CISA: ‘Identity is everything’ for cyber defense post-SolarWinds

The adversary behind the SolarWinds breach went to extraordinary lengths to remain undetected in affected networks, likely spending millions of dollars and thousands of hours to pull off a supply-chain compromise this sophisticated.

While the impact of the SolarWinds incident won’t be easy for other malicious nation-state actors to replicate, given the resources that went into it, Jay Gazlay, a technical strategist at the Cybersecurity and Infrastructure Security Agency, said the adversary’s exploitation of verified credentials should be cause for alarm and give rise to tighter identity controls in the federal government.

“Our takeaway from this at CISA’s space is that identity is everything now. We can talk about our network defenses, we can talk about the importance of firewalls and network segmentation, but really, identity has become the boundary, and we need to start readdressing our infrastructures in that manner,” Gazlay told members of the National Institute of Standards and Technology’s Information Security and Privacy Advisory Board.

Gazlay said few, if any, of the SolarWinds targets were in a position to detect a compromise this sophisticated. But those who had the best shot of spotting anomalous activity were agencies with behavior analysis techniques built into their identity management that could flag “impossible logins” — a scenario where the same set of credentials is used to login at multiple places across the globe.

“Not everybody is set up to see that, and if we don’t get set up to do that, we’re not going to notice these user impersonation attacks that become de rigueur for our adversaries,” he said at last week’s meeting.

It’s hardly the first time the federal government has had to rethink the strategy behind its cyber defenses in recent years. In the aftermath of the 2015 Office of Personnel Management breach, Gazlay said agencies pivoted to protecting the “crown jewels” within their network infrastructure.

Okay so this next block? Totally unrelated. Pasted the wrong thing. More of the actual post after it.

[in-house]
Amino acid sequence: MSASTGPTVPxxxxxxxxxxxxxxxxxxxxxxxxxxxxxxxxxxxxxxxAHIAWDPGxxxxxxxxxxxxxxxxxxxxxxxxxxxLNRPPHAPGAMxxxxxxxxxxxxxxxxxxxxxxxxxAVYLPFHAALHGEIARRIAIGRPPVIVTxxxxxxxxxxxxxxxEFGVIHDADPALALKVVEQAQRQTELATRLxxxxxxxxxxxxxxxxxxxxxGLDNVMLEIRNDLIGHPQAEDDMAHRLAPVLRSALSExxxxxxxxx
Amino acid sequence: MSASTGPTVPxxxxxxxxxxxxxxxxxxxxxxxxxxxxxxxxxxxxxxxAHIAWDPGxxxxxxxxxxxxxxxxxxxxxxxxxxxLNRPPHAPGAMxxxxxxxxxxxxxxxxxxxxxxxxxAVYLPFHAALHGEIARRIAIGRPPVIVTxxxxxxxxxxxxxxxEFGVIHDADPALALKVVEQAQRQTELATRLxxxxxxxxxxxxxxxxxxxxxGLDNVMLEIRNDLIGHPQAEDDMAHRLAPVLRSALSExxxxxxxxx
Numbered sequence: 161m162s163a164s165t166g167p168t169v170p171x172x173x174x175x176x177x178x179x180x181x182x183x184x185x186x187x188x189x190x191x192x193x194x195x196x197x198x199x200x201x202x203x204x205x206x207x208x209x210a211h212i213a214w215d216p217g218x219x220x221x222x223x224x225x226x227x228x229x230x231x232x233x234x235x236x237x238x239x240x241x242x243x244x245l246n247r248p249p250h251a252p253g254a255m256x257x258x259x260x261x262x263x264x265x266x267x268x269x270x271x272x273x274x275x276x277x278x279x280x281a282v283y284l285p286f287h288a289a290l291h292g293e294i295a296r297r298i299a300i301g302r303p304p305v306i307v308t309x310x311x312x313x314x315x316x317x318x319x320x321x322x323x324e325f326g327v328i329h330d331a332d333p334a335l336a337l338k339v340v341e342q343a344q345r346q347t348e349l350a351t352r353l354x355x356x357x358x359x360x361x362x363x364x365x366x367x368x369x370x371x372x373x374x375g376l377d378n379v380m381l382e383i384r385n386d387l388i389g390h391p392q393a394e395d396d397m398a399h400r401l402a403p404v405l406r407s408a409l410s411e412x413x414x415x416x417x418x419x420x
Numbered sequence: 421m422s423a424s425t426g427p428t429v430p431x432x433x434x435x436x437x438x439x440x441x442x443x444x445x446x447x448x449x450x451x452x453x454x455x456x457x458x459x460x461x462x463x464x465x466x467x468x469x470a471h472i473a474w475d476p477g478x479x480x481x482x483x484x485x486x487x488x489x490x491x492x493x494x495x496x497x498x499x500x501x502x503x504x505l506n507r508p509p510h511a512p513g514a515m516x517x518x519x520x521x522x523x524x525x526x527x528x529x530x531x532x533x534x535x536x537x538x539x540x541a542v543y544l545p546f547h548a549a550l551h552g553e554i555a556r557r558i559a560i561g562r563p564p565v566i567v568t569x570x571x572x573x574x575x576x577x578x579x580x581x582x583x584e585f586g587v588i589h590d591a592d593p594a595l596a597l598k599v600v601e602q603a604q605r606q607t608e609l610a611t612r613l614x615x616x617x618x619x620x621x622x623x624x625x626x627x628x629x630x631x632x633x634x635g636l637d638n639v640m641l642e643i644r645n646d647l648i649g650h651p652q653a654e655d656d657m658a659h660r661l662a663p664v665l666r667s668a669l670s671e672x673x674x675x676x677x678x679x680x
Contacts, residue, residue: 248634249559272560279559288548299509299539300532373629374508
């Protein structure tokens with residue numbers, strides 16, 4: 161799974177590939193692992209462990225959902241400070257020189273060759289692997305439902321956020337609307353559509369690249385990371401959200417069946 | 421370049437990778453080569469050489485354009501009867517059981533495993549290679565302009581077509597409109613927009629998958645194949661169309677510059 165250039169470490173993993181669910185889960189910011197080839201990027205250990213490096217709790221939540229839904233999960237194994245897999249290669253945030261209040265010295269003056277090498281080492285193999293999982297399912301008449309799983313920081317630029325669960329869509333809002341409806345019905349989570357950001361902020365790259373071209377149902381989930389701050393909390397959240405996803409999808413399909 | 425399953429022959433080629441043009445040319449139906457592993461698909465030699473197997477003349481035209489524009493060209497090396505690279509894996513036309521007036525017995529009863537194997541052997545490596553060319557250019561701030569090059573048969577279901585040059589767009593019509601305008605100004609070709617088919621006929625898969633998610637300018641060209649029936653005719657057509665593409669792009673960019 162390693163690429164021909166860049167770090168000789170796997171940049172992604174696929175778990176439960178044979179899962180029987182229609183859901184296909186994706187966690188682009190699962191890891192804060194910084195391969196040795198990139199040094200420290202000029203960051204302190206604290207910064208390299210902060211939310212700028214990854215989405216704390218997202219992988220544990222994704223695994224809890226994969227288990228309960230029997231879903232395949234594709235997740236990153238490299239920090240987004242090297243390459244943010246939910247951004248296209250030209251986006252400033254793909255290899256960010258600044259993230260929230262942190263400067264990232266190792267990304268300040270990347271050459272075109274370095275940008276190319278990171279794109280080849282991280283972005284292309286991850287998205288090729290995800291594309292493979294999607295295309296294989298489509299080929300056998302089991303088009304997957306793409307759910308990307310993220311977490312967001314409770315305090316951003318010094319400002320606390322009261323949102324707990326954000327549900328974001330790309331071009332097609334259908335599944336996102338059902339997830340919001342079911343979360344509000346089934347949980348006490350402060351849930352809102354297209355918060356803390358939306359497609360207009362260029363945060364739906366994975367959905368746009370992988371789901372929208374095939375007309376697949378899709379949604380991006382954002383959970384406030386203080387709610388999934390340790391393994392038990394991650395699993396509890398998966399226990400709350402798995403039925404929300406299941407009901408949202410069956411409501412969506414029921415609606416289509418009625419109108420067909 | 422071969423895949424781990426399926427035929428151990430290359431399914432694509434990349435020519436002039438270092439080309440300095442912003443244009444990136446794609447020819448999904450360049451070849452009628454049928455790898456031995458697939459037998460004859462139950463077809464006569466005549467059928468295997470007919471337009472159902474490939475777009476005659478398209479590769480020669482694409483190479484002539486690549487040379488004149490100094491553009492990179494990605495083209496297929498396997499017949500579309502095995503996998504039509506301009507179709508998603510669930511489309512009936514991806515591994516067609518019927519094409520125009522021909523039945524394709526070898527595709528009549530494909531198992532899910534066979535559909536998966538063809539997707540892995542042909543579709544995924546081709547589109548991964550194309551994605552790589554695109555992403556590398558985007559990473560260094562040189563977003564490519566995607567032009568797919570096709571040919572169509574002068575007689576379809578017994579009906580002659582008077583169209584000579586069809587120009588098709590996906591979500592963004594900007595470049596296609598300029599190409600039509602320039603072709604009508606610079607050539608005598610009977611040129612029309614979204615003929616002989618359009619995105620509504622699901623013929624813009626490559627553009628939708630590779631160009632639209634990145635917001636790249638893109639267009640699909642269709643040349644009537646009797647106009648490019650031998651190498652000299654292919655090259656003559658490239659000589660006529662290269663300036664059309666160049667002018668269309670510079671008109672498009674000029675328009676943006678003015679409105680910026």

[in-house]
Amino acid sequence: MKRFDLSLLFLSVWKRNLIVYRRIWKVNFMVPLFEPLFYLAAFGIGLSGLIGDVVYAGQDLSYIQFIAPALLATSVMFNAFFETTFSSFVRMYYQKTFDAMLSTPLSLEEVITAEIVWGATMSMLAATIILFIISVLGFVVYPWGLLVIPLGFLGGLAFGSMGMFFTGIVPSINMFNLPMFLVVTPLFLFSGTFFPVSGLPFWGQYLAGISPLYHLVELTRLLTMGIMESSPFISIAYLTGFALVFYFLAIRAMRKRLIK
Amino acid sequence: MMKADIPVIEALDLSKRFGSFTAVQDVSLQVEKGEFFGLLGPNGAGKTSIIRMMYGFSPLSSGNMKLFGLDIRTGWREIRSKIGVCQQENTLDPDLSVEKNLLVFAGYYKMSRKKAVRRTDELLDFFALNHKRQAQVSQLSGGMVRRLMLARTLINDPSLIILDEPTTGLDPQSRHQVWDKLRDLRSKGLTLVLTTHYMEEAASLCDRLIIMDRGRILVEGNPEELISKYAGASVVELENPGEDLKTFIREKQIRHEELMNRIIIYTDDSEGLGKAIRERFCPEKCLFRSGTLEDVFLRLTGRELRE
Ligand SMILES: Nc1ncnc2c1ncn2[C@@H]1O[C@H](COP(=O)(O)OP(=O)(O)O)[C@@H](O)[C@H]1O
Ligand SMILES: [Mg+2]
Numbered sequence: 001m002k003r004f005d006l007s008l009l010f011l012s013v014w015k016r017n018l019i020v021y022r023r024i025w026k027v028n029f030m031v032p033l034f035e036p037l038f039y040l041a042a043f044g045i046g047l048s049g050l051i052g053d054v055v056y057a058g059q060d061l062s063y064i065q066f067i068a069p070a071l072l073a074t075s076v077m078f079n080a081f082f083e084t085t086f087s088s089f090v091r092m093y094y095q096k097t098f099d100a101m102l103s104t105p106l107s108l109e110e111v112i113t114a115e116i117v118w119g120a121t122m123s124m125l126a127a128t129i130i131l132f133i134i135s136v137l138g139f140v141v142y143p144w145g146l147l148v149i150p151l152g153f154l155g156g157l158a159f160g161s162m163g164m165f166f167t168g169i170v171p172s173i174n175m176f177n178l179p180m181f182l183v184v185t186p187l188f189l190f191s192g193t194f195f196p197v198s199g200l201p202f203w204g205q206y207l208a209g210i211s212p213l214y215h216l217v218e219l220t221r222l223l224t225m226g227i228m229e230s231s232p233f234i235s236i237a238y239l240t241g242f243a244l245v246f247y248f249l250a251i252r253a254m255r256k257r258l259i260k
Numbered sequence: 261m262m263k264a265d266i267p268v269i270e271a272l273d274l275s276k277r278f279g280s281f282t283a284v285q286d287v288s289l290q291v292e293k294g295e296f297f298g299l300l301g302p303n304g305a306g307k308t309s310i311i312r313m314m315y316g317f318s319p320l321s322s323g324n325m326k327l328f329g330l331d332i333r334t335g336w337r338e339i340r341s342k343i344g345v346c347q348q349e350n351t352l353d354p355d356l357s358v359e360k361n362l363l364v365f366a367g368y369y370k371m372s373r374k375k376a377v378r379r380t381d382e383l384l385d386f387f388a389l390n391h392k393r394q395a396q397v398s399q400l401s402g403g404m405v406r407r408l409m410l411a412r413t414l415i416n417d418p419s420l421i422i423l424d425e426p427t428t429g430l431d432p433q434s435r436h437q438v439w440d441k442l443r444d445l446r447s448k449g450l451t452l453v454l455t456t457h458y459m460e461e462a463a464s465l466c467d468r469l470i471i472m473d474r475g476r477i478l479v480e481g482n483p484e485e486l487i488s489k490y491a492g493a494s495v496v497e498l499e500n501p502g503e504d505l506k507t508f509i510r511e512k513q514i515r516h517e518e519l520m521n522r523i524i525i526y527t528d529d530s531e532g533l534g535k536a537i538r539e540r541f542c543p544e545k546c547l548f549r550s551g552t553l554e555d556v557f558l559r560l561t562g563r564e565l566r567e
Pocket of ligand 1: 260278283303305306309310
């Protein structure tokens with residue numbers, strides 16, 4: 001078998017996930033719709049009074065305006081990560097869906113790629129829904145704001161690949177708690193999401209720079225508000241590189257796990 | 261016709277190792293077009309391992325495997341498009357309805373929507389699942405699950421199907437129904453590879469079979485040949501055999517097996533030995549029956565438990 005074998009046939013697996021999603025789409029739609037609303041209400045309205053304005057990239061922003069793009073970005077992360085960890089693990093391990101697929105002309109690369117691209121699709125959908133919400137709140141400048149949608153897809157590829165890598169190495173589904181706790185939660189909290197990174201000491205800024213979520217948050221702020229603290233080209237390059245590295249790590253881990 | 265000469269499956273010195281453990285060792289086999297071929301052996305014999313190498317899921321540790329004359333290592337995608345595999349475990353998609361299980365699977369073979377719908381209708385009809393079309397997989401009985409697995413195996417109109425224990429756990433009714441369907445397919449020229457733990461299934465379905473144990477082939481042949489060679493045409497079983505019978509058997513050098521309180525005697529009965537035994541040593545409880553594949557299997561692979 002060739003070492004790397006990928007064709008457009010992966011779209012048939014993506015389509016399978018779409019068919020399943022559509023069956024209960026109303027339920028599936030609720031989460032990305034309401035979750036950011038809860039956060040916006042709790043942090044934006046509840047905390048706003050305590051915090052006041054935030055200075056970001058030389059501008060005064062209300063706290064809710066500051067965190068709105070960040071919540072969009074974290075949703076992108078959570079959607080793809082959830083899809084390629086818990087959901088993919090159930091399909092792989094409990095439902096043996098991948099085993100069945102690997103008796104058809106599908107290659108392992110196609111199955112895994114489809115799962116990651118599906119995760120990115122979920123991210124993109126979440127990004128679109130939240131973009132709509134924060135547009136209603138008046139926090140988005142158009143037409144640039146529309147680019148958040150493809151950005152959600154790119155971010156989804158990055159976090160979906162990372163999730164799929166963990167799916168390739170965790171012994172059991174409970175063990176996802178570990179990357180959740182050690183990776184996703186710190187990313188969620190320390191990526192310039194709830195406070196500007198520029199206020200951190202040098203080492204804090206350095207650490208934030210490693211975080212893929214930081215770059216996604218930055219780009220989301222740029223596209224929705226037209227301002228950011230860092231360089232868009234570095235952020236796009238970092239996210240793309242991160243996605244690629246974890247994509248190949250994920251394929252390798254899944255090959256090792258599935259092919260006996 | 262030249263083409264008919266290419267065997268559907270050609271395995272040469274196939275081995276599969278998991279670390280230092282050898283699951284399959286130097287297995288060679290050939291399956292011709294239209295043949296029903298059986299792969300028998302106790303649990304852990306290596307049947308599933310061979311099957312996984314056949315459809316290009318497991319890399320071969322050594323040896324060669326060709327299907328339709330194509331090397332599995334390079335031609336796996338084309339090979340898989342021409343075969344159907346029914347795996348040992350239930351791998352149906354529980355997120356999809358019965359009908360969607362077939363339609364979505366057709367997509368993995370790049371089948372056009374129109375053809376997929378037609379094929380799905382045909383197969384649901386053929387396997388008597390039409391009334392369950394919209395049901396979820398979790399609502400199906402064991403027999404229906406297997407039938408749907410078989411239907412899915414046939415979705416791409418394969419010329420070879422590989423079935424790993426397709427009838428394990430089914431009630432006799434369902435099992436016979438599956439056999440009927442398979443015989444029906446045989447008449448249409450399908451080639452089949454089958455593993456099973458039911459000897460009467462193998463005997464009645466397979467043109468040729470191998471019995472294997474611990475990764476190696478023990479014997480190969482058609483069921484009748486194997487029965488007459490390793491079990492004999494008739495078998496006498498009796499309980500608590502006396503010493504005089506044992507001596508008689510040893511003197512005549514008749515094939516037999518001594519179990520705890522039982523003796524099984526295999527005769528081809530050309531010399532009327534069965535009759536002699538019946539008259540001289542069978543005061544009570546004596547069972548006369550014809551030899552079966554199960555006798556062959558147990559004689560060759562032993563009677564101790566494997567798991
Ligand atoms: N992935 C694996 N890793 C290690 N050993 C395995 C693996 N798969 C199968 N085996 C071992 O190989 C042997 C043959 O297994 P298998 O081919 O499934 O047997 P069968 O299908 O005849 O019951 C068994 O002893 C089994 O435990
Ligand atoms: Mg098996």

But over the same period of time, adversaries have also switched tactics.

“Instead of going after these data holdings, they’re going after the identities that give them access to all the data holdings — much broader campaigns. That makes trust store and identity management compromises much more impactful, and frankly, a much higher target. As we move into a cloud infrastructure where all that matters is the expectation that you are who you say you are, to get access to cloud infrastructures, this becomes even more pernicious,” he said.

Since the 2015 OPM breach, agencies have also moved more of their assets to hosted cloud infrastructure, which raises the stakes to strengthen identity verification in government.

“If we don’t take real care with how our identity structures are monitored and managed, we’re not going to be able to go up against sophisticated threat actors,” Gazlay said.

To keep up with the scope of cyber threats, such as an increase in “password spray” attacks, Gazlay said agencies and the private-sector owners of national critical infrastructure that CISA also protects need to automate aspects of their network defenses.

“Asking people to sort through individual [indicators of compromise] is a really hard ask. Providing somebody with a tool where they can one-click it is probably more reasonable, particularly as we look to protect critical infrastructure, which is definitely not sophisticated in the same way that some of the large federal enterprises are,” Gazlay said.

To guard against these threats, Gazlay said vendors should more widely adopt programs like NIST’s National Checklist Repository, which contains security configuration information for specific IT products.

“If I want to know how to secure a product, I call the product security team. The answers you get are crisper and cleaner than any external party. So that’s why we would hope that in the future, we can get to a point where the vendors are releasing some configuration guidance in a normalized format that is machine-readable and answerable so that people can make educated risk decisions at scale across distributed and federated infrastructures,” Gazlay said.

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